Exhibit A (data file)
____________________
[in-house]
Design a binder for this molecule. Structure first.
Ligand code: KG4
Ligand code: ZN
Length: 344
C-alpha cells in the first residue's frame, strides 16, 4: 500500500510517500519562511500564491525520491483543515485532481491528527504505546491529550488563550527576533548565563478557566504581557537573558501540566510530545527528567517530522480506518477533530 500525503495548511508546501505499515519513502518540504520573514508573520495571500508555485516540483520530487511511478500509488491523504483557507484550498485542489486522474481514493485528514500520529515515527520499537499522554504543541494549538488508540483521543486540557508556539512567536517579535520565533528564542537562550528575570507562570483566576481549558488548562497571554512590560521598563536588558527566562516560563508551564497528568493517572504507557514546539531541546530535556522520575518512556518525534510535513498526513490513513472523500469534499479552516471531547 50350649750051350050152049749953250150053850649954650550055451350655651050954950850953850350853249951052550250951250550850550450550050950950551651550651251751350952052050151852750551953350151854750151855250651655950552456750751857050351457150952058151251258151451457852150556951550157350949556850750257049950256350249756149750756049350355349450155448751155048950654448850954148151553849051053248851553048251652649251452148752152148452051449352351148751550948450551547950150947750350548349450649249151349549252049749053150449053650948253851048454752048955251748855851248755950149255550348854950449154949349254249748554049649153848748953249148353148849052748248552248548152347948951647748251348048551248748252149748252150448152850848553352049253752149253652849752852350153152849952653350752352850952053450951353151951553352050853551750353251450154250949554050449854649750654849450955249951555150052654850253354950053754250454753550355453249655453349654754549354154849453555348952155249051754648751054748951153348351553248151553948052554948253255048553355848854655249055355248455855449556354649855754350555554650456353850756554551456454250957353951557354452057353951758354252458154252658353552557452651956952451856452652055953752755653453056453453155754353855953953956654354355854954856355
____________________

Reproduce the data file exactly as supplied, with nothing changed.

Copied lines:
[in-house]
Design a binder for this molecule. Structure first.
Ligand code: KG4
Ligand code: ZN
Length: 344
C-alpha cells in the first residue's frame, strides 16, 4: 500500500510517500519562511500564491525520491483543515485532481491528527504505546491529550488563550527576533548565563478557566504581557537573558501540566510530545527528567517530522480506518477533530 500525503495548511508546501505499515519513502518540504520573514508573520495571500508555485516540483520530487511511478500509488491523504483557507484550498485542489486522474481514493485528514500520529515515527520499537499522554504543541494549538488508540483521543486540557508556539512567536517579535520565533528564542537562550528575570507562570483566576481549558488548562497571554512590560521598563536588558527566562516560563508551564497528568493517572504507557514546539531541546530535556522520575518512556518525534510535513498526513490513513472523500469534499479552516471531547 50350649750051350050152049749953250150053850649954650550055451350655651050954950850953850350853249951052550250951250550850550450550050950950551651550651251751350952052050151852750551953350151854750151855250651655950552456750751857050351457150952058151251258151451457852150556951550157350949556850750257049950256350249756149750756049350355349450155448751155048950654448850954148151553849051053248851553048251652649251452148752152148452051449352351148751550948450551547950150947750350548349450649249151349549252049749053150449053650948253851048454752048955251748855851248755950149255550348854950449154949349254249748554049649153848748953249148353148849052748248552248548152347948951647748251348048551248748252149748252150448152850848553352049253752149253652849752852350153152849952653350752352850952053450951353151951553352050853551750353251450154250949554050449854649750654849450955249951555150052654850253354950053754250454753550355453249655453349654754549354154849453555348952155249051754648751054748951153348351553248151553948052554948253255048553355848854655249055355248455855449556354649855754350555554650456353850756554551456454250957353951557354452057353951758354252458154252658353552557452651956952451856452652055953752755653453056453453155754353855953953956654354355854954856355